Your love life isn't the only thing mistletoe is good for; there are many animals that need it, and a possible surprise health benefit, too!
What exactly is Mistletoe?
Mistletoe is a seriously fascinating plant. There are over 1,300 species worldwide, 30 of which occur in North America and 20 or more that are endangered across the globe. To get a bit technical, mistletoe is an aerial flowering evergreen perennial, which means you will see it growing in trees rather than on the ground and throughout all four seasons. It's considered a hemiparasitic plant, because although it feeds off of the water and nutrients provided by a host tree or shrub, many species produce their own food through photosynthesis, making them only partially parasitic.
How does it parasitize trees and shrubs?
When a sticky mistletoe seed is either transported by an animal or deposited by a bird onto a limb, it waits for a good rain then gets busy producing a rootlike structure called a haustorium that penetrates the surface of its host. This structure is how it depletes or at least decreases the water and nutrients the host tree or shrub needs.
How can you spot mistletoe?
You can find at least one species in almost every state or province in North America. The best time to see it is in winter because, as mentioned, it is an evergreen and when leaves are absent, you can find these large masses more easily. You're looking for a large round ball of greenery attached to trees (see photo below). If you find these, then you are possibly in the presence of mistletoe! Mistletoe berries may be white as well as pink or red, so you aren't only looking for the all-too-familiar white ones. But remember, no matter what the color, don't snack on them, they may not be toxic to wildlife but are known to be quite toxic to humans.
Who benefits most from mistletoe?
Mistletoe isn't just for kissing (although that's a pretty fun way to use it!), it's a necessity for many mammals, birds, bees, butterflies and other insects as well. Mistletoe is the larval host plant (meaning eggs are laid on the leaves which feed the growing caterpillar) for at least one species of butterfly, the great purple hairstreak. Not only is this the food source for its caterpillars, but the toxicity from leaves passes on to the caterpillar and ultimately the adult and provides some protection from predators. Many other species of insects including one species of twig beetle, several thrips and mites also depend solely on mistletoe for their survival.
Mammals such as cattle, deer, elk, squirrels, chipmunks and porcupines rely on mistletoe leaves or berries, particularly when food sources are scarce in the fall and winter. Many of the smaller mammals also use the witches' broom for nesting and cover.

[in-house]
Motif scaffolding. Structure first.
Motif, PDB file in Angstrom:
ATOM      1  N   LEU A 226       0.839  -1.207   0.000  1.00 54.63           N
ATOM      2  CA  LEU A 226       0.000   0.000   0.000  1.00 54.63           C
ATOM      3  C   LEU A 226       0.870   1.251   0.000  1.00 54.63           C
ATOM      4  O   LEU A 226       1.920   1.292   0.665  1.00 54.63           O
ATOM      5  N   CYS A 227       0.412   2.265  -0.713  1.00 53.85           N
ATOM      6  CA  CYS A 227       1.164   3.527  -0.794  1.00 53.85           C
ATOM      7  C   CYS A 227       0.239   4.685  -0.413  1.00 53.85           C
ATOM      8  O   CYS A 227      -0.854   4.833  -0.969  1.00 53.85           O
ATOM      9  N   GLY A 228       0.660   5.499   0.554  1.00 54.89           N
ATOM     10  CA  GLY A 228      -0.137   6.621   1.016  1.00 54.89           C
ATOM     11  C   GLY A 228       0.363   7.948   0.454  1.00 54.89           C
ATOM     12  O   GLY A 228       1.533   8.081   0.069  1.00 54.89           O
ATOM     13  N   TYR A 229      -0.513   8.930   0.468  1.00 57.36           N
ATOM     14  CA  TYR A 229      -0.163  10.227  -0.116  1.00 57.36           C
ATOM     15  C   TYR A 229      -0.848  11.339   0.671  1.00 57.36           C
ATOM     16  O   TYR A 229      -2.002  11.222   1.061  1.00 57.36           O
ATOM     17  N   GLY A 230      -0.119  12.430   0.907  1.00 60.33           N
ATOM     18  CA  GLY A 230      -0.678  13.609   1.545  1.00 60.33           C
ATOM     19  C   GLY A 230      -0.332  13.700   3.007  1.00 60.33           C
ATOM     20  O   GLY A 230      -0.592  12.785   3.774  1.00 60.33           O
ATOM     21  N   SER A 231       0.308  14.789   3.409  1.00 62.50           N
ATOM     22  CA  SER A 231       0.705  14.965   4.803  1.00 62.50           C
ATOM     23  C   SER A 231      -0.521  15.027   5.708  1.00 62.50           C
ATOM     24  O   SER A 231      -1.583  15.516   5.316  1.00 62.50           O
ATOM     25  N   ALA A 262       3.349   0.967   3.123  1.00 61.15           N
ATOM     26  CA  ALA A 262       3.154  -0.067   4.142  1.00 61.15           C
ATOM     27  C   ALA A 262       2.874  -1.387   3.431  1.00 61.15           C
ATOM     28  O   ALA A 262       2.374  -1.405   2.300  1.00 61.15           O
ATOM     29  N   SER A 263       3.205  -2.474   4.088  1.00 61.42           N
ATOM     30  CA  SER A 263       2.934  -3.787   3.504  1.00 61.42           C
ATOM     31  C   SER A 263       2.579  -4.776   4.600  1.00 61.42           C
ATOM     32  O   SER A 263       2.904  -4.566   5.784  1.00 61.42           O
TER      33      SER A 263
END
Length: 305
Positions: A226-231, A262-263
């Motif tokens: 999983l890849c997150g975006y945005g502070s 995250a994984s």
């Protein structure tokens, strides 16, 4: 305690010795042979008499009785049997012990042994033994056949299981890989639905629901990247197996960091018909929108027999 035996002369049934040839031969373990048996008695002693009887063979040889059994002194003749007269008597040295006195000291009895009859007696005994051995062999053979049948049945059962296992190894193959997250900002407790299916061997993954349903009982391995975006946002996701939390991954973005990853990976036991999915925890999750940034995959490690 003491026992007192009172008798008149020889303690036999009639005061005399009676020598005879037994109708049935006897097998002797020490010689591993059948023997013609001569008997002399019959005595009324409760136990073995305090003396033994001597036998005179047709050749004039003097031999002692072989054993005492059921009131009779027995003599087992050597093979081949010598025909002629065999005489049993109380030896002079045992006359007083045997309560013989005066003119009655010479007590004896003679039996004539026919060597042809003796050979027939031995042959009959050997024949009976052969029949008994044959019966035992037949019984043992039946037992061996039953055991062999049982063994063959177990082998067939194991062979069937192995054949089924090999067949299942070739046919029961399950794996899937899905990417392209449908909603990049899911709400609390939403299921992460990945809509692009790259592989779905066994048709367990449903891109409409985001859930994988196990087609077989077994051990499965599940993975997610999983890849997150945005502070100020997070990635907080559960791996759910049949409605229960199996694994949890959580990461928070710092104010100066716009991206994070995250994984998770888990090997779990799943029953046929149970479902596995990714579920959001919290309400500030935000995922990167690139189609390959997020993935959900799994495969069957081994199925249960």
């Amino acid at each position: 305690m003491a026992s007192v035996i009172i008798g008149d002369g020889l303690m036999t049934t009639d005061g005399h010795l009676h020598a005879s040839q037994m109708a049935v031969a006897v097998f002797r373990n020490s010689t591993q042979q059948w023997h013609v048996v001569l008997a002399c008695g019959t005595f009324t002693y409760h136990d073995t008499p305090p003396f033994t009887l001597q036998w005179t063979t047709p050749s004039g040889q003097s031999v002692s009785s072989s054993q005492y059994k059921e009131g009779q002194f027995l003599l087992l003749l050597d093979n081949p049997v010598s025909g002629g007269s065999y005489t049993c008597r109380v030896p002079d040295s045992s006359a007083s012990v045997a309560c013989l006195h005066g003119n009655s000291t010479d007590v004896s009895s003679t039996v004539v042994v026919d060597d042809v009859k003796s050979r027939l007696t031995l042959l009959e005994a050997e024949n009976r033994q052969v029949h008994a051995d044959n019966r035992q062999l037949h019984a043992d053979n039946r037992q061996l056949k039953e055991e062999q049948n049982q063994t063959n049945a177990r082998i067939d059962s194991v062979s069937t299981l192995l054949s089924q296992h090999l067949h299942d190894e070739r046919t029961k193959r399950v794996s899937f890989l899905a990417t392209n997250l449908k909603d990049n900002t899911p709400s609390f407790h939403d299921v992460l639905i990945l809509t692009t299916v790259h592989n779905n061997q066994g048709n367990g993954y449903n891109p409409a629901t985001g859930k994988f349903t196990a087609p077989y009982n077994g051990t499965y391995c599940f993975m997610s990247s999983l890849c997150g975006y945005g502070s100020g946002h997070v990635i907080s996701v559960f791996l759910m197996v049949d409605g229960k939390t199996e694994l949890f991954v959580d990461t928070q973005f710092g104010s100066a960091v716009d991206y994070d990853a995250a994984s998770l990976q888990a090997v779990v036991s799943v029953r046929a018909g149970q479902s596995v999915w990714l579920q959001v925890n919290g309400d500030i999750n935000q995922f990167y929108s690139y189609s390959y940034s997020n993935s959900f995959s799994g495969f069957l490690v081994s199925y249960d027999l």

Numerous bird species benefit greatly from mistletoe because while the plant and its host are both alive, they feed on the sticky berries (this is also how the plant spreads) and use the large mass of vegetation, known as witches' brooms, for nesting sites and cover. To this point, researchers discovered that over 40 percent of spotted owl nests were associated with witches' brooms. Other birds known to use mistletoe for nesting include Cooper's hawks, chickadees, pygmy nuthatches, mourning doves and house wrens. Once the host tree dies, and the mistletoe along with it, many cavity nesting birds and small mammals move in, so the dead host tree creates high quality nesting habitat, which is a huge plus. According to the National Wildlife Federation, forests that have mistletoe may produce three times as many cavity nesting birds as forests lacking mistletoe.
What about people? Is there a benefit for humans other than exchanging kisses?
There certainly seems to be, and possibly an important one. According to Johns Hopkins and the National Cancer Institute, mistletoe is being tested in trials for use in numerous types of cancer treatment. According to Johns Hopkins, mistletoe injections are currently among the most widely used complementary cancer treatments in Europe. That's pretty amazing. One day we could be taking injections of mistletoe in lieu of chemotherapy. See? It is a very interesting plant and clearly not your average holiday greenery!
Happy holidays to everyone, now go kiss someone (with their consent, of course) under this epically cool aerial, hemiparasitic, potentially life-saving, evergreen perennial!
Bats protect us from mosquito-borne diseases, save farmers billions of dollars in pesticides AND give us tequila. What's not to like?
All Photos by: Merlin Tuttle of Merlin Tuttle Bat Conservation
October is the month we celebrate one of our most amazing yet misunderstood animals of the sky, bats. Bats should be celebrated every month of the year for the amazing benefits they selflessly afford us humans - no, seriously. Plus they're just nonthreatening and awesome to have around. Look at these guys, half of them look like your dog and the other half look like Yoda. What's scary here?